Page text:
“He competes, man. Trevor really has the potential to be a really good defender once he learns the NBA game. He can really guard the ball. When he’s locked in, he does a good job of putting pressure on the ball, and he’s not bad off the ball as well.”
By: Ny Post
Environmentalists hate the working class
As the United States faces skyrocketing oil, gas and electricity prices, the obvious solution is to drill for more oil and gas and build more generating plants. Naturally, that’s off the table because the people who are being hurt most aren’t the ones who set the agenda.
High prices hurt everyone to a degree, but they’re hardest on the working classes. Most Americans drive to work, and even in most places with mass transit there are far more jobs within a 30-minute drive than there are within a 30-minute bus or train ride. Cars also make it easier to take kids to school, shop for groceries in a wider variety of places and stay in touch with family and friends.
With gas prices having more than doubled since January 2021, the cost of doing all these things has also more than doubled. For a family that’s stretched tight already, twice as much money for gas means less money for other things, like food, clothing or education. (And it doesn’t help that prices for those things are also skyrocketing.)
Nonetheless, environmentalists seem happy with these changes. And before he started backpedaling after seeing the polls, President Joe Biden praised high gas prices as part of an “incredible transition” to electric cars and other “green” technologies. (Now, of course, seeing how the political winds blow, he’s calling for a gas-tax “holiday” to take the pressure off voters, at least until after the coming midterms. In the meantime, if you’re too poor to afford gasoline, the administration’s advice is to buy an expensive electric car.)
The reason the environmental faction favors high energy prices is that it wants to force people to switch to renewables. That such a switch leaves most people worse off leaves the environmentalists unmoved. That’s because they’ve always been an elitist movement with no concern for the working class or minorities.
California environmental lawyer Jennifer Hernandez calls the results of that state’s policies “Green Jim Crow.” High energy costs and strict building regulations keep poor people concentrated in poor neighborhoods, while protecting wealthy white enclaves like Marin County. And strict environmental rules crush or keep out industrial jobs that have traditionally provided a leg up for the working class. She observes: “What the soaring environmental rhetoric of the state’s affluent, largely White technocratic leadership disguises is a kludge of climate policies that will only, under the best of circumstances, partially decarbonize the state’s economy while deepening the state’s shameful legacy of racial injustice.”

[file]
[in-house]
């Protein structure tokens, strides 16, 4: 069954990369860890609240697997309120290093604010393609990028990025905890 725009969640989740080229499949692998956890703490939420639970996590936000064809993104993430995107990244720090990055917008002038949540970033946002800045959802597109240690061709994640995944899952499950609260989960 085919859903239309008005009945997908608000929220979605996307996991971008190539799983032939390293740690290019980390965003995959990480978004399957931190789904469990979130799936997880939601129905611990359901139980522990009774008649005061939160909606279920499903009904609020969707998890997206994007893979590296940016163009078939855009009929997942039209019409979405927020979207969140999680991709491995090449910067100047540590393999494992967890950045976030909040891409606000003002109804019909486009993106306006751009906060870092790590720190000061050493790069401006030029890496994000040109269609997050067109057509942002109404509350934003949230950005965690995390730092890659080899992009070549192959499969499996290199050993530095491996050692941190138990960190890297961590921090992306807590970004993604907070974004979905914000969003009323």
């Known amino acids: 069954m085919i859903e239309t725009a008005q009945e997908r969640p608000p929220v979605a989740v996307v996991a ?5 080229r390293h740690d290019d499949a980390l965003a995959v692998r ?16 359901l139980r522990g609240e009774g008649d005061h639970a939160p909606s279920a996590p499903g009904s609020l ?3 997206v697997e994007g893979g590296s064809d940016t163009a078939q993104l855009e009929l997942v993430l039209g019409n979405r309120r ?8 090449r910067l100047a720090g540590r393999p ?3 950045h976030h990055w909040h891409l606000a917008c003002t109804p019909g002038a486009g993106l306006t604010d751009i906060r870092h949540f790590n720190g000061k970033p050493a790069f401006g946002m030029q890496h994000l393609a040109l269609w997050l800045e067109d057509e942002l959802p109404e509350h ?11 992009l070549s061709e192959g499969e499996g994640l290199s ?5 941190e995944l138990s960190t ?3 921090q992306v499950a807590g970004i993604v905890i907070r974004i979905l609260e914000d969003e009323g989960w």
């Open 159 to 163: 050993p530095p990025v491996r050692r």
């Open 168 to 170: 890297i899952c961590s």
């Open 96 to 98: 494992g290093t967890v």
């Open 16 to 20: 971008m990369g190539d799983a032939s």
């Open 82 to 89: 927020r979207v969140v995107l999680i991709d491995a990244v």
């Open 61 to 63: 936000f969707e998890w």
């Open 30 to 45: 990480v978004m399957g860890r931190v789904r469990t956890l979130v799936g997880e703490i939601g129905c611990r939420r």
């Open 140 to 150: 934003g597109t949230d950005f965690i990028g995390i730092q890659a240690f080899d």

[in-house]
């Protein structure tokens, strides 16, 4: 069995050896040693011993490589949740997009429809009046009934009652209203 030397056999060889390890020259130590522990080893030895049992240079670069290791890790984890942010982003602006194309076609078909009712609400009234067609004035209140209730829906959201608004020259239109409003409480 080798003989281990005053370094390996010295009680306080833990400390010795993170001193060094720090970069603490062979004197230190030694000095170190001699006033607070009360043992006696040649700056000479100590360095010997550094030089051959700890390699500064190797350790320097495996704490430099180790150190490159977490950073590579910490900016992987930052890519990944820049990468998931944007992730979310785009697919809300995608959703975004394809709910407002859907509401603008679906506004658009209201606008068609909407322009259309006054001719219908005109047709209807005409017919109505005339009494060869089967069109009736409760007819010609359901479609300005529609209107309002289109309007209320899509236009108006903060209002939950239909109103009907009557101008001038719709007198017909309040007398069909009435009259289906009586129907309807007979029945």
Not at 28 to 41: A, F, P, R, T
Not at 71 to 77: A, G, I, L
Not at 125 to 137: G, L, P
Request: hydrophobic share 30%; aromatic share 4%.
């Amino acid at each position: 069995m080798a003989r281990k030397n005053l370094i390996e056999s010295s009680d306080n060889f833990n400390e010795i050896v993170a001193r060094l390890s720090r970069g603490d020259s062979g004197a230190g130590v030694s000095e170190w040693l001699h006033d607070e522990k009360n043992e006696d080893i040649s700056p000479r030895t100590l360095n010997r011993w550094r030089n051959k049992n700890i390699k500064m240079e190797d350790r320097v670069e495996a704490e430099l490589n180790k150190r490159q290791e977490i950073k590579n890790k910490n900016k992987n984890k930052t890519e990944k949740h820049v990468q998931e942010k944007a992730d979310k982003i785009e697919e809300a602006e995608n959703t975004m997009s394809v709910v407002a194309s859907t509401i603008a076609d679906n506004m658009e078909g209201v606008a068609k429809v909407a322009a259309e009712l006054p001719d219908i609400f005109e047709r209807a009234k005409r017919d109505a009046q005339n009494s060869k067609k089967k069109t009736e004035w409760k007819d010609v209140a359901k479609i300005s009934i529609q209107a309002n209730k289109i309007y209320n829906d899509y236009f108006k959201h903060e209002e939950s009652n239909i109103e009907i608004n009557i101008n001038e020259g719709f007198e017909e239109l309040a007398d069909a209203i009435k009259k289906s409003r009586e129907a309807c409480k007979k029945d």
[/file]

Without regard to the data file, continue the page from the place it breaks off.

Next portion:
But that’s been the history of environmental activism from the beginning: rich white people doing well at the expense of the lower classes. In a 1977 Harper’s article, William Tucker explored the history of what’s regarded as the first big environmental movement in America: the opposition to Con Edison’s Storm King pumped-storage project. The project was designed to save energy costs and make it easier for Con Ed to handle summertime peak demand. It would also have provided a lot of jobs in a depressed area.
The catch is, it would have spoiled the views from rich people’s estates in the nearby mountains. As Tucker reports at length, those affluent landowners constructed an entire edifice of opposition to Storm King, for the most selfish of reasons. He quotes a local mayor, who was told by one of the landowners, “We’ve got it nice and peaceful up here, why do you want to spoil it?” The mayor reported, “I bit my tongue and didn’t say anything, but what I wanted to say was ‘What about all the little people down there in the village who need this plant? Did you ever think about them?’” No.
Hiring big law firms and elite PR firms, along with enlisting celebrities like Pete Seeger, who wrote a song about the mountain, the landowners managed to turn a selfish desire not to have to look at electric power lines that would benefit millions into a quasi-religious crusade on behalf of Nature. The plant was stopped, property values were protected and only the little people suffered.
Today, as gas and energy prices soar while the well-off warn us about climate change via private jet, nothing’s different. No one is thinking about the little people. Why should they? Who’s going to make them?
Glenn Harlan Reynolds is a professor of law at the University of Tennessee and founder of the InstaPundit.com blog.
By: Ny Post